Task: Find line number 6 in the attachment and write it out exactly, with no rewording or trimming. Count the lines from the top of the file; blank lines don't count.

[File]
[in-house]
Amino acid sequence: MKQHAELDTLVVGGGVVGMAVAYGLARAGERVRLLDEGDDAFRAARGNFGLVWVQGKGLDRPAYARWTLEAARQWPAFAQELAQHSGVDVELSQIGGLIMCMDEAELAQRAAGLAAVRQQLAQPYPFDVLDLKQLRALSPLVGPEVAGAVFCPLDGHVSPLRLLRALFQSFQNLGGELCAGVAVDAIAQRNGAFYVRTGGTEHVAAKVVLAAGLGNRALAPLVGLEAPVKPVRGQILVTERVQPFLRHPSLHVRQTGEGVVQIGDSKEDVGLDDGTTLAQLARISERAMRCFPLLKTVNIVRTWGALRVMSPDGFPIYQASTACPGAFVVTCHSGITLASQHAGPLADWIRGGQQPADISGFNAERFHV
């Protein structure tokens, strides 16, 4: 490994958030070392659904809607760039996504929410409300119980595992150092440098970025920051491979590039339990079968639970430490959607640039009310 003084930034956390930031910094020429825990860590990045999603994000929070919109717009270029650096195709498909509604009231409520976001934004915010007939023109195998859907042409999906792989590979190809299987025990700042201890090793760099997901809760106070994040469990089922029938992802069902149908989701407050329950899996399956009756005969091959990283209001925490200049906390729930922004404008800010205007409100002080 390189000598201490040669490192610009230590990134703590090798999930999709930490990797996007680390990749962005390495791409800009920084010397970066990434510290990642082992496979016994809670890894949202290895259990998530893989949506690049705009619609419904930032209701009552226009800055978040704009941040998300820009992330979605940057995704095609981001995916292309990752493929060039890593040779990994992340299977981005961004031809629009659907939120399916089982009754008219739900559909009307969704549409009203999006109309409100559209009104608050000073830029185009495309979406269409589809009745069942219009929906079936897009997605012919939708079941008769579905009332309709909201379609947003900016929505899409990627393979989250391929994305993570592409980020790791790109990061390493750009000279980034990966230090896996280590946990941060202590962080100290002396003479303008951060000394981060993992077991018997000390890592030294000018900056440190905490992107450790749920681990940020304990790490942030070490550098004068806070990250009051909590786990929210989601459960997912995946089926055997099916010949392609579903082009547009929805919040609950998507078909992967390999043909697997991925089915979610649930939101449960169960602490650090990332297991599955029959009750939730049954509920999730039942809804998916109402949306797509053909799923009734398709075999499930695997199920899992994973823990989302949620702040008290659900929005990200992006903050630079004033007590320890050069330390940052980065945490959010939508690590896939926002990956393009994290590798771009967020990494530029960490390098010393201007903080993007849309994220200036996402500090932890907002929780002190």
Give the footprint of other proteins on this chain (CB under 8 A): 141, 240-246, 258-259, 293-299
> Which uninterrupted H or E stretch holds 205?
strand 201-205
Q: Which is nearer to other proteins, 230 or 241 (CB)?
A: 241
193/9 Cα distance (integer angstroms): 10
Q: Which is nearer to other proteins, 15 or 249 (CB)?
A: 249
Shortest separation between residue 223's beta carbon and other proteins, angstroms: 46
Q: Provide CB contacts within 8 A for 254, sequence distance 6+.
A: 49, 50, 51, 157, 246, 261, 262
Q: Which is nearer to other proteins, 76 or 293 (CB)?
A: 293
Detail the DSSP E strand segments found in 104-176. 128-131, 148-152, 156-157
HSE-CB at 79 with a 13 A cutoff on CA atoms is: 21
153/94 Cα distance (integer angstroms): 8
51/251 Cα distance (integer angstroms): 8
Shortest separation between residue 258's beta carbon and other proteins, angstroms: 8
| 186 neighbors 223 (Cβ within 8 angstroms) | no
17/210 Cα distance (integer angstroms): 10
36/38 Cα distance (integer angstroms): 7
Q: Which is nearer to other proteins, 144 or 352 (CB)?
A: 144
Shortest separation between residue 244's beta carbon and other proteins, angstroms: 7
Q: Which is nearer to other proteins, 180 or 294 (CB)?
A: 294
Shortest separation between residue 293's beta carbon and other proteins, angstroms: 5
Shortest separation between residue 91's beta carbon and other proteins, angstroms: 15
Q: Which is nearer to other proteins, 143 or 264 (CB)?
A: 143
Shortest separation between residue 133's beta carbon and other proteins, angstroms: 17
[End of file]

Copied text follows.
strand 201-205